By Scott Gibson. With conventional wiring, you turn on the lights by flipping a wall-mounted switch that completes a 110-volt electrical circuit. But if you want to have the same switch activate a floor lamp at the other end of the room, or even several lights at the same time, your only recourse is to pull new cable and rewire the circuit.

In a programmable lighting control system, the wall switch is replaced with a keypad that can activate an overhead light, a receptacle for a floor lamp, or even a set of motor-driven window shades. A simple software change allows the same switch to control a completely different set of electrical lights or fixtures, all without rewiring.

The key to the system is separating the keypad from the 110-volt current. To do so, the keypad sends a message to a system controller over low-voltage Cat-5 cable. The system controller then tells a lighting controller to send current to the appropriate fixture or fixtures.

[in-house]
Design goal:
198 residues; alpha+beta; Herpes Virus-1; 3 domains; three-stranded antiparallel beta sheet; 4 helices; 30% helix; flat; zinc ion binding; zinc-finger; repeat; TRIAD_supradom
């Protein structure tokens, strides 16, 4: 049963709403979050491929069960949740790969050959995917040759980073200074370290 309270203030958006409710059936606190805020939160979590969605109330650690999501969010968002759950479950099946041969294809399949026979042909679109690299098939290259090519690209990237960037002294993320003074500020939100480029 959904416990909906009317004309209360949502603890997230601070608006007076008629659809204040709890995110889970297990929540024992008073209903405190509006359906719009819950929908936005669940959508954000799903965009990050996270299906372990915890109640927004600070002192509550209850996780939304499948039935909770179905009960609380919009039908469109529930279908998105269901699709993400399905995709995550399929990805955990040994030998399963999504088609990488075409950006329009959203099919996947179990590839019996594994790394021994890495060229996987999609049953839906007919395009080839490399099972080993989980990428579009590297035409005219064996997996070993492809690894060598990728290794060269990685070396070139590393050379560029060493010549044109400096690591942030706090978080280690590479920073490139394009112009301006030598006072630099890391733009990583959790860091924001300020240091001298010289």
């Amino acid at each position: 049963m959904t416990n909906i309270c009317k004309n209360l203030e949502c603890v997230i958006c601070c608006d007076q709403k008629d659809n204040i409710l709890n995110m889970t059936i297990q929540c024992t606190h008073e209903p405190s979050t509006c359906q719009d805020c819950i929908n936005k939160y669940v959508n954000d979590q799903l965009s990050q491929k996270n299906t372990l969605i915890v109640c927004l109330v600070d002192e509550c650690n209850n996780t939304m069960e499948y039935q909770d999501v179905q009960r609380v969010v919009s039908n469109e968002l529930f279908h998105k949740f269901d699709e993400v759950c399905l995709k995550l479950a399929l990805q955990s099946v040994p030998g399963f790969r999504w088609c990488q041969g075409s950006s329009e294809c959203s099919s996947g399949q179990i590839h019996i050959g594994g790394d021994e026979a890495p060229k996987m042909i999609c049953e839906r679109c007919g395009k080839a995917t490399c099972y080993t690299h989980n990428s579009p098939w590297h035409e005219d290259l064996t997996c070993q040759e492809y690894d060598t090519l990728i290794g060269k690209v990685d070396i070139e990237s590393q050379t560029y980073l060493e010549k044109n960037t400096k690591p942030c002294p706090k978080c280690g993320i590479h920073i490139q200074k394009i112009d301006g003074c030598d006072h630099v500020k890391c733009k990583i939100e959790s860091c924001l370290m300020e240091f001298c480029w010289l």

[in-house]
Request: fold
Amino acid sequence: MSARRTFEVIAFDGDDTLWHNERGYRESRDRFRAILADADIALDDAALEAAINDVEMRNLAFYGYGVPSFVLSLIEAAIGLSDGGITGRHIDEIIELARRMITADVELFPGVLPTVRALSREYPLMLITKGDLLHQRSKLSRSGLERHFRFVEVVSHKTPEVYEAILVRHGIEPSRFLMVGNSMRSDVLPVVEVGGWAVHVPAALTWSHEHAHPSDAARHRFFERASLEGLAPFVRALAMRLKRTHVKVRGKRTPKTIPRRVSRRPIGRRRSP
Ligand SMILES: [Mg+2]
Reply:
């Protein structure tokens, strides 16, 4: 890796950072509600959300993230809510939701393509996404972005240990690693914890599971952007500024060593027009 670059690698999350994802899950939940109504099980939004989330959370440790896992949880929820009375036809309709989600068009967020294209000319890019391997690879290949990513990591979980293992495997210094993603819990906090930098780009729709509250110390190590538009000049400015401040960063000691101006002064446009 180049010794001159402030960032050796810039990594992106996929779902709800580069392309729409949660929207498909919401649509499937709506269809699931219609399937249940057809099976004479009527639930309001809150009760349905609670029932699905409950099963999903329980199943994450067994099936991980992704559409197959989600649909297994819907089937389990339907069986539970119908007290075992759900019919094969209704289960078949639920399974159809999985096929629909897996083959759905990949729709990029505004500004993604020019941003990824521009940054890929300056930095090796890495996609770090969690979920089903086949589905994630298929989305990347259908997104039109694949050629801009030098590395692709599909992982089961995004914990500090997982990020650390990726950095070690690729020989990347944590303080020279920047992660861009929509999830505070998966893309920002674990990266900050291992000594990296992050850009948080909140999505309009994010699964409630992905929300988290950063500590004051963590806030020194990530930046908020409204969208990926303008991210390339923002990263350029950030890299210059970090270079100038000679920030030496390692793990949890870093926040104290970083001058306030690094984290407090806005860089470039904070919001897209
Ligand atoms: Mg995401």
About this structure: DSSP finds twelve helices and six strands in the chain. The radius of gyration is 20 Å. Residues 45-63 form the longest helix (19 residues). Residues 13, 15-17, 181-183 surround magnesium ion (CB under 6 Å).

Programmable systems can activate carefully orchestrated lighting scenes. One might be a "dinner" setting, in which under-cabinet lights in the kitchen go to 10 percent of capacity, an over-the-table light in the dining room goes to 30 percent, and the over-sink fixture drops to zero. The system is easy to fine-tune, so light levels can be raised or lowered at any fixture, and new lighting scenes added as they are needed.

Equipment maker AMX in Richardson, Texas, ( says a sophisticated package like this one would start at about $10,000 for a house with a dozen lighting zones, not including installation.

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